Increasing Number of Churches Are Getting Involved With Clean Water Ministry

Clean water is increasingly seen as a spiritual and environmental issue. (Living Water International photo)
Clean water is increasingly seen as a spiritual and environmental issue. (Living Water International photo)

Water, it seems, is all the rage.

Experts say the demand for global mission projects focused on providing clean water has become unquenchable as churches increasingly see water as one of the most efficient means of meeting physical and spiritual needs.

Also driving the trend have been efforts by a wide range of players to promote the connection between meeting those needs and the spreading of the gospel. In the process, congregations and individuals who have become involved in water-providing ministries see their impact goes beyond water to their own spiritual transformation.

‘A basic human right’
Boiled down to its essence, water is becoming the great unifier in world missions, said David Harding, coordinator for international disaster response for the Cooperative Baptist Fellowship.

“People can identify with the need for water,” Harding said. “When people learn of other people drinking contaminated water, they think ‘how can we allow that?’”

CBF has focused much of its water missions efforts through disaster response because the lack of safe water is seen as a quiet-but-deadly crisis, Harding said.

Interest among U.S. churches has tended to come across the political and denominational spectrum, Harding added, when groups see the impact for themselves.

“People are coming to see clean water as a basic human right.”

‘Raising awareness’
Driving that view of water have been a number of developments over the past 20-30 years, including a United Nations-driven initiative in the 1990s to combat global sanitation and unsafe drinking issues.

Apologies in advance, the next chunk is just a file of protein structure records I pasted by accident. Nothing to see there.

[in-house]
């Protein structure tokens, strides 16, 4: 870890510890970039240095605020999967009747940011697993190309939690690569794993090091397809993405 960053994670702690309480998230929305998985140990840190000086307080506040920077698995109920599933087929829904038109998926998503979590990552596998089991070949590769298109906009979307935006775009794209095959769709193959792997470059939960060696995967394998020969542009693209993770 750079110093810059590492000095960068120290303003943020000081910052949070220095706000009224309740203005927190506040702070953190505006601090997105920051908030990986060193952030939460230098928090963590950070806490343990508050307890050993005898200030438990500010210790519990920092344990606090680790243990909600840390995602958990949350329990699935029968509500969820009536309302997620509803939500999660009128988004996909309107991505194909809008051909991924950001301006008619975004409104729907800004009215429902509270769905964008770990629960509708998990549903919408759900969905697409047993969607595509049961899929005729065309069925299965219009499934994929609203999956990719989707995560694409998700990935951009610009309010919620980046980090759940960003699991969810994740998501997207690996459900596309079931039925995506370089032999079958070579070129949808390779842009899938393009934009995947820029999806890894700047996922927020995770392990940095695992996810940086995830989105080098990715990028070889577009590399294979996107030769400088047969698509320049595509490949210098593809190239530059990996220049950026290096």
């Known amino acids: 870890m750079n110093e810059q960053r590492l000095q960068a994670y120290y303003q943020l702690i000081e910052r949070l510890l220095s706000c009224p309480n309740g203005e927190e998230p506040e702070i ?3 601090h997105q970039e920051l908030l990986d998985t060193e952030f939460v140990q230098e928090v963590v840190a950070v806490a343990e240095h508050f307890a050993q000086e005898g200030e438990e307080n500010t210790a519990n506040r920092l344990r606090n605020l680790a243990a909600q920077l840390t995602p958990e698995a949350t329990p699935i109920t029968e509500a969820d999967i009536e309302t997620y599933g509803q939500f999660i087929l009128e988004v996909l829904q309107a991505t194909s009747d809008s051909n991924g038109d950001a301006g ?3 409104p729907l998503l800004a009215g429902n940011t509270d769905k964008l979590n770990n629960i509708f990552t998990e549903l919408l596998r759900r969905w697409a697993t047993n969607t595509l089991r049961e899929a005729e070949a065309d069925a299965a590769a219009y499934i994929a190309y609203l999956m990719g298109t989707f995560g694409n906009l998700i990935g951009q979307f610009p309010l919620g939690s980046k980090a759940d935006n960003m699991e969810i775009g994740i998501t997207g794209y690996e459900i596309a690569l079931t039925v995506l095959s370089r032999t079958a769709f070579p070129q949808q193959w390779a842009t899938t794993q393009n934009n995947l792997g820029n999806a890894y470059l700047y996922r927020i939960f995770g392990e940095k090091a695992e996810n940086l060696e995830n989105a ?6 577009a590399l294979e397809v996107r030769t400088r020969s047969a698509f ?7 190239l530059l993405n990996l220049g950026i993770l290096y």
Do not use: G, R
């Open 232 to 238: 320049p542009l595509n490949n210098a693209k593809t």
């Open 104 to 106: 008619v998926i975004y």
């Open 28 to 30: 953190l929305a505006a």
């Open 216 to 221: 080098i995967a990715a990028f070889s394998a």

The attention raised by the UN got a lot of churches’ and ministries’ attention, said Paul Darilek, senior director of communications for Living Water International, a Texas-based ministry that oversees water projects in 23 nations.

“That raised awareness that water is the first step in all development,” he said. “The world recognized that and got excited about that.”

The more recent popularity of anti-consumerism Advent Conspiracy project, which encourages participants to contribute to missions in lieu of Christmas gifts, has helped direct even more money and energy into water-based ministries, Darilek said.

That project and the efforts of ministries like Living Water then helped individuals and groups see that a host of other human needs can eventually be met by first addressing clean-water issues, Darilek said.

Once water is flowing in communities that before didn’t have it, crops and animals can be nurtured, which in turn may help improve local diets. Some villages may charge money for access in order to finance water system maintenance, and from those efforts local economies can become self-sustaining.

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SOURCE: Associated Baptist Press
Jeff Brumley

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